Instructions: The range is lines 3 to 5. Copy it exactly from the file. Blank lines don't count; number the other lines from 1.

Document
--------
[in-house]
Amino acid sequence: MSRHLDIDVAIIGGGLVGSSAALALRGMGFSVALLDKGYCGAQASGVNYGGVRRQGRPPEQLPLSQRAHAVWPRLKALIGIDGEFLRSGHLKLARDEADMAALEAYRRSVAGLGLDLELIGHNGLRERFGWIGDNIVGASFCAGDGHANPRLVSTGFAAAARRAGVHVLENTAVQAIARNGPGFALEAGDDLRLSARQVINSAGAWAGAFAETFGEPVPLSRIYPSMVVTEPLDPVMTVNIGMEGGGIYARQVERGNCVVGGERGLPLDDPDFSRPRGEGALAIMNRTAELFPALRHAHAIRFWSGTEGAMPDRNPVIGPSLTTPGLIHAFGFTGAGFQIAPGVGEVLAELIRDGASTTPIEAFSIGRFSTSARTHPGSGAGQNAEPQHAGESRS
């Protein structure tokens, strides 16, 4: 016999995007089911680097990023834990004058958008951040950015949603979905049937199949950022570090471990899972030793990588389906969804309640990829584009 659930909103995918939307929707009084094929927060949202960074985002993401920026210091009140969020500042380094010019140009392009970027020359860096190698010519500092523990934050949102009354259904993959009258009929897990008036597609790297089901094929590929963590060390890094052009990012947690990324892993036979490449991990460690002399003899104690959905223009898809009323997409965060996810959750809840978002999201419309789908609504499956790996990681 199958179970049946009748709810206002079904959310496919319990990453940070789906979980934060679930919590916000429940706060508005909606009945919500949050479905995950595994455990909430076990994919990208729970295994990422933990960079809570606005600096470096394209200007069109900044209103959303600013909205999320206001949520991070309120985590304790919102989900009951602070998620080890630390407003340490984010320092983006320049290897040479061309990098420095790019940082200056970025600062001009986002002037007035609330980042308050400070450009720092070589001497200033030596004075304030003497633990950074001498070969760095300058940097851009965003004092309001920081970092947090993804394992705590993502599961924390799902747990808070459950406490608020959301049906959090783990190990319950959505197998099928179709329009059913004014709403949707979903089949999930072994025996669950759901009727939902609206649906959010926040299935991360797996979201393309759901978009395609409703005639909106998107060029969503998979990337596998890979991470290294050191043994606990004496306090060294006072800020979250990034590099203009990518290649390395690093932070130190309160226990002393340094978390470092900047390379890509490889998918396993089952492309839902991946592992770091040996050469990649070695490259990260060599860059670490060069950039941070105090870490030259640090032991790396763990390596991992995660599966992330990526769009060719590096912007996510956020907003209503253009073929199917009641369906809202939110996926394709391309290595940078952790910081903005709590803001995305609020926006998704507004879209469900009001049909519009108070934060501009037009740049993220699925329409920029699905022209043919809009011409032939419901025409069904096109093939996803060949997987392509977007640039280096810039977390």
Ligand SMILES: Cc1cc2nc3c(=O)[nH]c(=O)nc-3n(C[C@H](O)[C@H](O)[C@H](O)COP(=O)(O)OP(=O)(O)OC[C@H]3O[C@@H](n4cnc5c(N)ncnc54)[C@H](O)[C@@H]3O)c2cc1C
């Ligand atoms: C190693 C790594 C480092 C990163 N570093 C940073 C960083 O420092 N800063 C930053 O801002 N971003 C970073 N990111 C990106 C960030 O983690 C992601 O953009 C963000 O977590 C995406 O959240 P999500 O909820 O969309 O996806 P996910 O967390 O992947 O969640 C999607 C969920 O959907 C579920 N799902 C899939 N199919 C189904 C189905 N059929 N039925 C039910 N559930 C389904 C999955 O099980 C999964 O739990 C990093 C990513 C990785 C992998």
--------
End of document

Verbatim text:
């Protein structure tokens, strides 16, 4: 016999995007089911680097990023834990004058958008951040950015949603979905049937199949950022570090471990899972030793990588389906969804309640990829584009 659930909103995918939307929707009084094929927060949202960074985002993401920026210091009140969020500042380094010019140009392009970027020359860096190698010519500092523990934050949102009354259904993959009258009929897990008036597609790297089901094929590929963590060390890094052009990012947690990324892993036979490449991990460690002399003899104690959905223009898809009323997409965060996810959750809840978002999201419309789908609504499956790996990681 199958179970049946009748709810206002079904959310496919319990990453940070789906979980934060679930919590916000429940706060508005909606009945919500949050479905995950595994455990909430076990994919990208729970295994990422933990960079809570606005600096470096394209200007069109900044209103959303600013909205999320206001949520991070309120985590304790919102989900009951602070998620080890630390407003340490984010320092983006320049290897040479061309990098420095790019940082200056970025600062001009986002002037007035609330980042308050400070450009720092070589001497200033030596004075304030003497633990950074001498070969760095300058940097851009965003004092309001920081970092947090993804394992705590993502599961924390799902747990808070459950406490608020959301049906959090783990190990319950959505197998099928179709329009059913004014709403949707979903089949999930072994025996669950759901009727939902609206649906959010926040299935991360797996979201393309759901978009395609409703005639909106998107060029969503998979990337596998890979991470290294050191043994606990004496306090060294006072800020979250990034590099203009990518290649390395690093932070130190309160226990002393340094978390470092900047390379890509490889998918396993089952492309839902991946592992770091040996050469990649070695490259990260060599860059670490060069950039941070105090870490030259640090032991790396763990390596991992995660599966992330990526769009060719590096912007996510956020907003209503253009073929199917009641369906809202939110996926394709391309290595940078952790910081903005709590803001995305609020926006998704507004879209469900009001049909519009108070934060501009037009740049993220699925329409920029699905022209043919809009011409032939419901025409069904096109093939996803060949997987392509977007640039280096810039977390």
Ligand SMILES: Cc1cc2nc3c(=O)[nH]c(=O)nc-3n(C[C@H](O)[C@H](O)[C@H](O)COP(=O)(O)OP(=O)(O)OC[C@H]3O[C@@H](n4cnc5c(N)ncnc54)[C@H](O)[C@@H]3O)c2cc1C
């Ligand atoms: C190693 C790594 C480092 C990163 N570093 C940073 C960083 O420092 N800063 C930053 O801002 N971003 C970073 N990111 C990106 C960030 O983690 C992601 O953009 C963000 O977590 C995406 O959240 P999500 O909820 O969309 O996806 P996910 O967390 O992947 O969640 C999607 C969920 O959907 C579920 N799902 C899939 N199919 C189904 C189905 N059929 N039925 C039910 N559930 C389904 C999955 O099980 C999964 O739990 C990093 C990513 C990785 C992998």